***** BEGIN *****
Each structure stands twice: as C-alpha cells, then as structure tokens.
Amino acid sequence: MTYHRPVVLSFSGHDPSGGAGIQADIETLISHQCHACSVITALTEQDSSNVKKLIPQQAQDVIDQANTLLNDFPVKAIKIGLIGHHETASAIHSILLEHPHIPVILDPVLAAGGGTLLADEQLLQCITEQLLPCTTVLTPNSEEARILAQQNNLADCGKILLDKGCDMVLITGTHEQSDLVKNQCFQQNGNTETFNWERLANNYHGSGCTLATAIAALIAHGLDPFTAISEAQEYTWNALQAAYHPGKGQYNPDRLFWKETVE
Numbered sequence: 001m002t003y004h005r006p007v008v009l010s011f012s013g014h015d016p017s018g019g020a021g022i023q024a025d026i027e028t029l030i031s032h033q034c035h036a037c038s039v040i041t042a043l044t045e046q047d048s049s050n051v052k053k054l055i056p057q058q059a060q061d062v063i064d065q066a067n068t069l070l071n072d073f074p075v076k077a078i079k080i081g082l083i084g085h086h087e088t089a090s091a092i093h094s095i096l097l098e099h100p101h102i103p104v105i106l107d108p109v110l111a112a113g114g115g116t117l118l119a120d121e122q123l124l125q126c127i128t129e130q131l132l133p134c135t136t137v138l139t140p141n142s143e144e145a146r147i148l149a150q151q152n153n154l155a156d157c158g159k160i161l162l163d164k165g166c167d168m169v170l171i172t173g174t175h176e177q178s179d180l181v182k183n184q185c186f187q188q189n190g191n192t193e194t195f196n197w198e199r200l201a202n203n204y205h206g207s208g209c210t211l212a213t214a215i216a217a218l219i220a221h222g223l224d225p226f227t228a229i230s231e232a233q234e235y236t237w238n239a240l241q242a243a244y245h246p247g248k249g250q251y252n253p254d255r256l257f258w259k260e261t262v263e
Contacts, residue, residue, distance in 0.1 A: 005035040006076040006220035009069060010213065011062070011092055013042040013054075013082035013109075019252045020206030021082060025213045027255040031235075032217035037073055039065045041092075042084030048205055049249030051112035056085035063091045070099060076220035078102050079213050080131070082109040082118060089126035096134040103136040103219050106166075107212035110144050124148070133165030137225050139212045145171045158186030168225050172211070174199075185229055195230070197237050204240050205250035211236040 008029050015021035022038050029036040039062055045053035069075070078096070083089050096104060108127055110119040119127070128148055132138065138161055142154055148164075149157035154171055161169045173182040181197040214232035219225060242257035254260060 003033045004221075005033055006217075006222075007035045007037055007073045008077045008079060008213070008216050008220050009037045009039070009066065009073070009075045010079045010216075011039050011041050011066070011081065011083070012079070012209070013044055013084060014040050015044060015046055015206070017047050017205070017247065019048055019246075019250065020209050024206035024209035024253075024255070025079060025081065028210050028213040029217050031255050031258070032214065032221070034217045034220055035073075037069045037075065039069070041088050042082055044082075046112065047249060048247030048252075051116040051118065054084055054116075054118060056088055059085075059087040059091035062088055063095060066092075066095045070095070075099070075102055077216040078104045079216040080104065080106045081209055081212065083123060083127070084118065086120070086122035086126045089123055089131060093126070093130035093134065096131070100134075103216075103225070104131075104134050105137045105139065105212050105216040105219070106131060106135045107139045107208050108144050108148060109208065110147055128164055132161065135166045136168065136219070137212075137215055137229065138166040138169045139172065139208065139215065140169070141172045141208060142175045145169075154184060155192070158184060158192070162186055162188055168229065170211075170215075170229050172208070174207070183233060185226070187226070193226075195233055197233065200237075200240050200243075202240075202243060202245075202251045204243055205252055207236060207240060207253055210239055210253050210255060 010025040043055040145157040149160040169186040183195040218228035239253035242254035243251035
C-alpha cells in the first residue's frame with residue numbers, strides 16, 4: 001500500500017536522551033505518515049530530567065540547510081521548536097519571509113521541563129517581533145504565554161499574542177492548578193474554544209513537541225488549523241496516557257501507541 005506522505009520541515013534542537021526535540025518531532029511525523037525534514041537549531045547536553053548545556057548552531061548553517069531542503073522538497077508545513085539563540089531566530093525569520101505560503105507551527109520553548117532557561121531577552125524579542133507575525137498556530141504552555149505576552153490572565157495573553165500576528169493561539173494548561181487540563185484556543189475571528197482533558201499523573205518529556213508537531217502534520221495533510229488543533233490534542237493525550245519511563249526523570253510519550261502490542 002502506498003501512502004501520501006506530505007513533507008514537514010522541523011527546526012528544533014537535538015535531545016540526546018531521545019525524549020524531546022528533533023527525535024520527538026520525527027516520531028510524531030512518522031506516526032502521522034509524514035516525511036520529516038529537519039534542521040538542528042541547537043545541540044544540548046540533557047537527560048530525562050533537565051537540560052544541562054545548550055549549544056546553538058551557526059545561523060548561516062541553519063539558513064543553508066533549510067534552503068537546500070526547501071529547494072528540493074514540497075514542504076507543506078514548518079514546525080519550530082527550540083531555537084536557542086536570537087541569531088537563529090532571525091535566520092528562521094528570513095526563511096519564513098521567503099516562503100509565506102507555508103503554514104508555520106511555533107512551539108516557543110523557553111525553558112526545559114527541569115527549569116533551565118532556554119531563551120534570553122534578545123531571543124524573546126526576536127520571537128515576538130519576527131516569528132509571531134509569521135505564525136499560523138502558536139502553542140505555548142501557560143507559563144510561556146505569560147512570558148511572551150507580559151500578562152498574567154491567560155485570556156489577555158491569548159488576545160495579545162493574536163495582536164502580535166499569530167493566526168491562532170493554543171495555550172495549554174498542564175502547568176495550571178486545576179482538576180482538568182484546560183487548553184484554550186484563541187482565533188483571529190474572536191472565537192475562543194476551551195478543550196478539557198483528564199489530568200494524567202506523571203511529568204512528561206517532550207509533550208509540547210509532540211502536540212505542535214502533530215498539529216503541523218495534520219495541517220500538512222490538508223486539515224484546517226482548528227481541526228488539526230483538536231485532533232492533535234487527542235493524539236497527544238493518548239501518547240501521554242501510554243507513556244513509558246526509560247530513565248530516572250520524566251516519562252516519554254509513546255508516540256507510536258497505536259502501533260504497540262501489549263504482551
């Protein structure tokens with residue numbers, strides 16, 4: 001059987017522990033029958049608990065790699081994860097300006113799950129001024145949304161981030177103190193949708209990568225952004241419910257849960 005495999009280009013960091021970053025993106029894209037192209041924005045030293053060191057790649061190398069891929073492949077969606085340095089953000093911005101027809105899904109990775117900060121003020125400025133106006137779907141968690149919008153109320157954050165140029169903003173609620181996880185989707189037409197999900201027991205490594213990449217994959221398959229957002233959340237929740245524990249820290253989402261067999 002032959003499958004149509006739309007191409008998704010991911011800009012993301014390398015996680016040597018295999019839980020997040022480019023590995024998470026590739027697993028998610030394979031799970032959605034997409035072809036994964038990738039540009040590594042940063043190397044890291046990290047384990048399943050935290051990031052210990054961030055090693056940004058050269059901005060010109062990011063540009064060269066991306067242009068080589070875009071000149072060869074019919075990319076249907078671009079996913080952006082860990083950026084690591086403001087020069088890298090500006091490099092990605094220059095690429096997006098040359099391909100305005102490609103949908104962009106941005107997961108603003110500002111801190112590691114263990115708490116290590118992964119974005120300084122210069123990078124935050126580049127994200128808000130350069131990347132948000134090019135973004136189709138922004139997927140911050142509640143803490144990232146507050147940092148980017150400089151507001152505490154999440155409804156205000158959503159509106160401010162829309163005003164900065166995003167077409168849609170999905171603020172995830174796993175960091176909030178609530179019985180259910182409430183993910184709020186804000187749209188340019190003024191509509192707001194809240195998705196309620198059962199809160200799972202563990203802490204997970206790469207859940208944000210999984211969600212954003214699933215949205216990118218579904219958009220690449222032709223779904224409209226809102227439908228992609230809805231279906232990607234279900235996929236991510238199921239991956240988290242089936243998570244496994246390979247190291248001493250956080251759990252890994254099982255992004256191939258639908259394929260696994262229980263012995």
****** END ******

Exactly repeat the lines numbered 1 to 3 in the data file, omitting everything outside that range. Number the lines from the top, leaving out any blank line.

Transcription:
Each structure stands twice: as C-alpha cells, then as structure tokens.
Amino acid sequence: MTYHRPVVLSFSGHDPSGGAGIQADIETLISHQCHACSVITALTEQDSSNVKKLIPQQAQDVIDQANTLLNDFPVKAIKIGLIGHHETASAIHSILLEHPHIPVILDPVLAAGGGTLLADEQLLQCITEQLLPCTTVLTPNSEEARILAQQNNLADCGKILLDKGCDMVLITGTHEQSDLVKNQCFQQNGNTETFNWERLANNYHGSGCTLATAIAALIAHGLDPFTAISEAQEYTWNALQAAYHPGKGQYNPDRLFWKETVE
Numbered sequence: 001m002t003y004h005r006p007v008v009l010s011f012s013g014h015d016p017s018g019g020a021g022i023q024a025d026i027e028t029l030i031s032h033q034c035h036a037c038s039v040i041t042a043l044t045e046q047d048s049s050n051v052k053k054l055i056p057q058q059a060q061d062v063i064d065q066a067n068t069l070l071n072d073f074p075v076k077a078i079k080i081g082l083i084g085h086h087e088t089a090s091a092i093h094s095i096l097l098e099h100p101h102i103p104v105i106l107d108p109v110l111a112a113g114g115g116t117l118l119a120d121e122q123l124l125q126c127i128t129e130q131l132l133p134c135t136t137v138l139t140p141n142s143e144e145a146r147i148l149a150q151q152n153n154l155a156d157c158g159k160i161l162l163d164k165g166c167d168m169v170l171i172t173g174t175h176e177q178s179d180l181v182k183n184q185c186f187q188q189n190g191n192t193e194t195f196n197w198e199r200l201a202n203n204y205h206g207s208g209c210t211l212a213t214a215i216a217a218l219i220a221h222g223l224d225p226f227t228a229i230s231e232a233q234e235y236t237w238n239a240l241q242a243a244y245h246p247g248k249g250q251y252n253p254d255r256l257f258w259k260e261t262v263e